Despite the introduction of several bills during the 2007 legislative session that would have negatively impacted New Hampshire insurance buying businesses and consumers, Governor Lynch would not stand for it. The Governor vetoed HB143, presumably because he understood the economic damage it would cause.
HB143, which was heavily promoted by the New Hampshire Trial Lawyers Association, would have permitted a defendant who is only 20% at fault to be liable for 90% of the damages in a civil action! After passing the House quickly, HB143 passed the Senate by a narrow margin and was sent to the Governor for his signature. The Governor met with supporters and opponents of HB143 before vetoing the bill. In his press release explaining the veto, Governor Lynch stated that it was “unfair for a defendant with a low degree of fault to have to pay a disproportionately large share of the damages.”
We must constantly watch the legislature whether there is a Democratic or a Republican majority. The potential economic damage of HB143, the goal of creating law suits that even California has now banned, and other measures suggest that businesses and consumers both need to be vigilant.
The following is a summary of the bills that were enacted during the busy 2007 session.
Unfair Trade Practices – HB169. HB169 makes it an unfair insurance trade practice for an insurer or adjuster representing the insurer to knowingly underestimate the value of any claim.
Identity Theft – HB227. HB227 prohibits any person, including a business, from obtaining, recording or accessing “personal information” or a “financial device” with fraudulent intent.
“Personal information” includes an individual’s first and last name, home or physical address, telephone number, social security number, personal identification number, credit or debit card number, access code associated with a credit or debit card, date of birth, birth certificate number, place of birth, password or access code, financial institution account number and driver’s license or other governmental identification. A “financial device” includes a credit card, debit card, check or money order.
Insurance Fraud – HB532. HB532 amends several insurance fraud provisions that are part of the Unfair Insurance Trade Practices Act. Under RSA 417:28 as amended by HB532, any person or entity regulated by the New Hampshire Insurance Department (“NHID”) which has reason to believe that an insurance fraud or insurance-related criminal activity has been committed must submit a report to the NHID within sixty days of forming such belief.
Prior to the enactment of HB532, RSA 417:30 required insurers to have antifraud initiatives in place, including either fraud investigators or the submission of an antifraud plan to the NHID. HB532 removes the option of having fraud investigators and states that the antifraud plan that insurers are required to submit to the NHID must be in writing.
Examinations and Tax Credits – HB782. HB782 makes minor amendments to RSA 400-A:37, the examination statute. HB782 requires an insurer to pay a professional or specialist retained by the NHID during the course of an examination directly for their costs.
Furthermore, HB782 clarifies that the expense of an examination that an insurer must bear is limited to both the reasonable per diem allowance for compensation and expenses of the state employee examiner and the expense incurred if the NHID retains a professional or specialist to conduct the examination.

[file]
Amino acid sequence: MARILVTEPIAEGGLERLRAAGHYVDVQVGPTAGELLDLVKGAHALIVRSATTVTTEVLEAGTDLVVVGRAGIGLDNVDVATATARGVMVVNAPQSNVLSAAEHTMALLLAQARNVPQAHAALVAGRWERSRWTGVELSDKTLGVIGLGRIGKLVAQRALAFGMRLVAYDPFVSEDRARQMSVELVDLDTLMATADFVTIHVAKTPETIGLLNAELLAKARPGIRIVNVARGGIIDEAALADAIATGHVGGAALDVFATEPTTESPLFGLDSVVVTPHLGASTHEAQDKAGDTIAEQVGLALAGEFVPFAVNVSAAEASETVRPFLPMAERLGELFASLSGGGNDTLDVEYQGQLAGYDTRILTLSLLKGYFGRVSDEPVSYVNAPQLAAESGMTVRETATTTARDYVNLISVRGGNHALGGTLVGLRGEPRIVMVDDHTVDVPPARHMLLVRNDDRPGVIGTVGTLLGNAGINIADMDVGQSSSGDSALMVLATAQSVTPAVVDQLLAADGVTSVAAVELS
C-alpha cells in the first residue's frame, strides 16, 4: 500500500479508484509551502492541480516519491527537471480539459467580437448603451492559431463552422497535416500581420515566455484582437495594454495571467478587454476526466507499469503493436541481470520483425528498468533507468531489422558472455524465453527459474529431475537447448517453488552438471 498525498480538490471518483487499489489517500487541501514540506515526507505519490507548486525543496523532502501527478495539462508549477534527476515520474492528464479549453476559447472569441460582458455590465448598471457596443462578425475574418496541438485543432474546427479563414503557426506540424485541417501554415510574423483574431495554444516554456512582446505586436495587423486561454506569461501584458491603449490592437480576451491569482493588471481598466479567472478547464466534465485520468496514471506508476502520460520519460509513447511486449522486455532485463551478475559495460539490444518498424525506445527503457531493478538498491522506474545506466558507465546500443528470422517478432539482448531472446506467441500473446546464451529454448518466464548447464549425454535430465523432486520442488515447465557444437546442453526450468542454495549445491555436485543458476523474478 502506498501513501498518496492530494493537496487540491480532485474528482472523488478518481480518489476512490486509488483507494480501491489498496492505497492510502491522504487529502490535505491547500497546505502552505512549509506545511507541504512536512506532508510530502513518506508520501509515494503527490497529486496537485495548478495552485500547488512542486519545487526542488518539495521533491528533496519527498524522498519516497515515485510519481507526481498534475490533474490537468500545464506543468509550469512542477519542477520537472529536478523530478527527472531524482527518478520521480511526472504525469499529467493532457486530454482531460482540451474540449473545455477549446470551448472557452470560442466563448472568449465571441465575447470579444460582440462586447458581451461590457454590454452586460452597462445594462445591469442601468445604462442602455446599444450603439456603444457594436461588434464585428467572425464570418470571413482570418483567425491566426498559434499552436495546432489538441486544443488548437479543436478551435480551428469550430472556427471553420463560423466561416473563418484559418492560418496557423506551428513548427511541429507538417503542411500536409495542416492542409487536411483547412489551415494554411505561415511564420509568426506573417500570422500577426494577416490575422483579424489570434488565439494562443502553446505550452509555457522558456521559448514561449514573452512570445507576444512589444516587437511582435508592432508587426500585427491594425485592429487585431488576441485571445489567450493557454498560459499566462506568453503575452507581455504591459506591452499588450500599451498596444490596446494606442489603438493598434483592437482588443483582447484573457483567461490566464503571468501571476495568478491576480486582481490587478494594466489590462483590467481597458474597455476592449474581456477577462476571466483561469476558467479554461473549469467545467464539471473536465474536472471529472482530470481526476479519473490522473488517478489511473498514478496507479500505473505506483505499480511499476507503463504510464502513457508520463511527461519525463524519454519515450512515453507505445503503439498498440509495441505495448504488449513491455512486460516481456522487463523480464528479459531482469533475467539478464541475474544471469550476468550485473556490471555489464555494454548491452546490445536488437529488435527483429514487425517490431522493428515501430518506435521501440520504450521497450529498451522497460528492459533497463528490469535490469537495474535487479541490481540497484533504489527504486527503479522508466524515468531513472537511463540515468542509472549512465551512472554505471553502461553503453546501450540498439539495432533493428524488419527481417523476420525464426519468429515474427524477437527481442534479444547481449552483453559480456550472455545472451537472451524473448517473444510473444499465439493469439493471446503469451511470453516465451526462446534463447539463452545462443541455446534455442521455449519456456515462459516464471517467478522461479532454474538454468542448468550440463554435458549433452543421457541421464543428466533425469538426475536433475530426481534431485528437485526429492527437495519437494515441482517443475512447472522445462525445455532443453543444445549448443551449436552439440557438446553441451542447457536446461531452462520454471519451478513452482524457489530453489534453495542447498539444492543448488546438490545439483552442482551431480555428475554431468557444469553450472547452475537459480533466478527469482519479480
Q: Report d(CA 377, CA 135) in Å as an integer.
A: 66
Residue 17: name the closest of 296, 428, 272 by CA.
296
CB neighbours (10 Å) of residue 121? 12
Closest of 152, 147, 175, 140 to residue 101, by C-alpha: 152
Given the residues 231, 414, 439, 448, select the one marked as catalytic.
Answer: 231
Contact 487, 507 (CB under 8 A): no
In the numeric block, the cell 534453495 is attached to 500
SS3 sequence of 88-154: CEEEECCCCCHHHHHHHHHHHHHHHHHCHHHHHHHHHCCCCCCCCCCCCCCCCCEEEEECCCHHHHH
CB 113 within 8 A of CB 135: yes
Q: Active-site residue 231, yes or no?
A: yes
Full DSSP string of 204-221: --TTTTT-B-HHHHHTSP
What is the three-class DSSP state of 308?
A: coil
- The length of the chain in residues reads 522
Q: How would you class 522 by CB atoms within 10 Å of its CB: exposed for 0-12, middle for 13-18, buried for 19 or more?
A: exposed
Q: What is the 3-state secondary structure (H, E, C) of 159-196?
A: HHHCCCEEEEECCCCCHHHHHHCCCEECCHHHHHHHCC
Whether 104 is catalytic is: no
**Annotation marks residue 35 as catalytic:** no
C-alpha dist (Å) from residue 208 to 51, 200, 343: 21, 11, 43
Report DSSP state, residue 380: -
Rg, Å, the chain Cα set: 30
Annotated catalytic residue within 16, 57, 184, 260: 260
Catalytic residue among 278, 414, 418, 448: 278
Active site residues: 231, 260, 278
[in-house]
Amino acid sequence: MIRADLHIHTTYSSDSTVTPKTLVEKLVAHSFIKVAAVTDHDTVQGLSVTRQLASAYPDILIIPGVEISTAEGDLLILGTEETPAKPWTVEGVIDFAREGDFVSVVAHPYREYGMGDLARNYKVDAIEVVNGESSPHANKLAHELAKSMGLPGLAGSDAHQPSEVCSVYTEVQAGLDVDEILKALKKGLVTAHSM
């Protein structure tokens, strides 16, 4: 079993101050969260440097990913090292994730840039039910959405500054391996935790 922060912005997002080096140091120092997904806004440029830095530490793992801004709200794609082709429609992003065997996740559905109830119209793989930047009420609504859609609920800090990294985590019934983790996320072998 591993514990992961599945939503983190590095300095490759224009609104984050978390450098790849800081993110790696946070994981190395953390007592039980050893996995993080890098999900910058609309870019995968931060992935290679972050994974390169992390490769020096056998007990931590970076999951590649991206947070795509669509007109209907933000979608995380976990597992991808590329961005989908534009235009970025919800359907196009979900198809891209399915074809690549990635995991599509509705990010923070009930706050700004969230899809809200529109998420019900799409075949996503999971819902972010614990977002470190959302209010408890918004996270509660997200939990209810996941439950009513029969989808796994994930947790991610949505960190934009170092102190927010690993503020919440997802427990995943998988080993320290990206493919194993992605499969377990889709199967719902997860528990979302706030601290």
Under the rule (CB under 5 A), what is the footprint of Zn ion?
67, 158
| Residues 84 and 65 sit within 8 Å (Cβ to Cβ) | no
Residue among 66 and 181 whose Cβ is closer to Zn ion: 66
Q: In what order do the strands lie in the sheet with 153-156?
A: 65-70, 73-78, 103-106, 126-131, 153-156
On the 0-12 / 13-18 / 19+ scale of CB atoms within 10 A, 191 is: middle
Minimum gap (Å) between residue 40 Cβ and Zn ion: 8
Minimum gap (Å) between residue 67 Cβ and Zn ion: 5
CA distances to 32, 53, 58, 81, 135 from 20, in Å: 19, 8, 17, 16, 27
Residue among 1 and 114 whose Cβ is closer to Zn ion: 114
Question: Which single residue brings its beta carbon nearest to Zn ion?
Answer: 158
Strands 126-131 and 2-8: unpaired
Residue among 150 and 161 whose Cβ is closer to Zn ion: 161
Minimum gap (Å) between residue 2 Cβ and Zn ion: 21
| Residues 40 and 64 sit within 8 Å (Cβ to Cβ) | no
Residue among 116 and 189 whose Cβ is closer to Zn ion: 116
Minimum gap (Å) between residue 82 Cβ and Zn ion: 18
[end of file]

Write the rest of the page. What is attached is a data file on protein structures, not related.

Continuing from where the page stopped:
Prior to the enactment of HB782, RSA 400-A:34-a permitted a member of a unitary business to use the payment of the business enterprise tax by another member of the unitary business (“the other member”) as a credit against the member’s premium tax payment. HB782 purports to clarify that in order for the member to use this credit, the other member must also be subject to the premium tax.
HB782 also proposes numerous changes to the reinsurance intermediary statutes.
Definition of Employee/Independent Contractor – SB92. The presumption that a person who performs services for pay is an employee for purposes of the Workers’ Compensation Law may be rebutted by proof that the person meets several criteria set forth in RSA 281-A, VI(b)(1). Prior to SB92, five criteria needed to be satisfied. Now that SB92 has been enacted, twelve criteria must be satisfied before a person will be considered an independent contractor, making it more difficult to classify certain workers as independent contractors.
Some of these new criteria include whether a person has continuing or recurring business liabilities or obligations, whether the person receives compensation for work or services performed and remuneration is not determined unilaterally by the hiring party, and whether the person is responsible for satisfactory completion of work and may be held contractually responsible for failure to complete the work.
Worker’s Compensation Compliance Statement – SB154. RSA 281-A:4-a requires building or construction industry contractors, subcontractors, and independent contractors engaged in the nonresidential building or construction industry to submit a workers’ compensation compliance statement to the New Hampshire Department of Labor (“DOL”) within thirty days of a written request. Under SB154, the compliance statement submitted to the DOL must include the total number of employees employed during the entire prior policy term if a workers’ compensation policy was in effect or during a one year period if no policy was in effect or was only partially in effect. The compliance statement must also include the total number of hours for which these employees were compensated and which hours apply to the appropriate National Council on Compensation Insurance classification code applicable to the scope of work performed. Before SB154 was enacted, contractors, subcontractors and independent contractors were only required to provide this information for the four month period preceding the request.